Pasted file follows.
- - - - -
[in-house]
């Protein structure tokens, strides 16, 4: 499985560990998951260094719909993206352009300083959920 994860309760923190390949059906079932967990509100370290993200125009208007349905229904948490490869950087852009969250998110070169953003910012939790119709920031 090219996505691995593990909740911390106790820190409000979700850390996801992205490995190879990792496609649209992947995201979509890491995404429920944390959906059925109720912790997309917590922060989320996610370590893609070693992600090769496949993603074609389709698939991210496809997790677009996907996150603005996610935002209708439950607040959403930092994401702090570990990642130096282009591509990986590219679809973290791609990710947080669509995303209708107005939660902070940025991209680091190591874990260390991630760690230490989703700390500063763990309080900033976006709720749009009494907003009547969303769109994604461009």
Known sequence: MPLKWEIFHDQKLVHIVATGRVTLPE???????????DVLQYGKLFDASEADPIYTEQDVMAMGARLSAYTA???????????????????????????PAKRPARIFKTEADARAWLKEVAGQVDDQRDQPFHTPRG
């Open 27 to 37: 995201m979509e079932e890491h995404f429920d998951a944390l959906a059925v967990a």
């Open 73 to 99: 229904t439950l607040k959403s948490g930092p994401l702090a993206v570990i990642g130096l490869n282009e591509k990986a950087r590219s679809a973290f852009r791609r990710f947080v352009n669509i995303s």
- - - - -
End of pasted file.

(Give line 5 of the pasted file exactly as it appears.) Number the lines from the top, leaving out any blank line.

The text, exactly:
């Open 73 to 99: 229904t439950l607040k959403s948490g930092p994401l702090a993206v570990i990642g130096l490869n282009e591509k990986a950087r590219s679809a973290f852009r791609r990710f947080v352009n669509i995303s």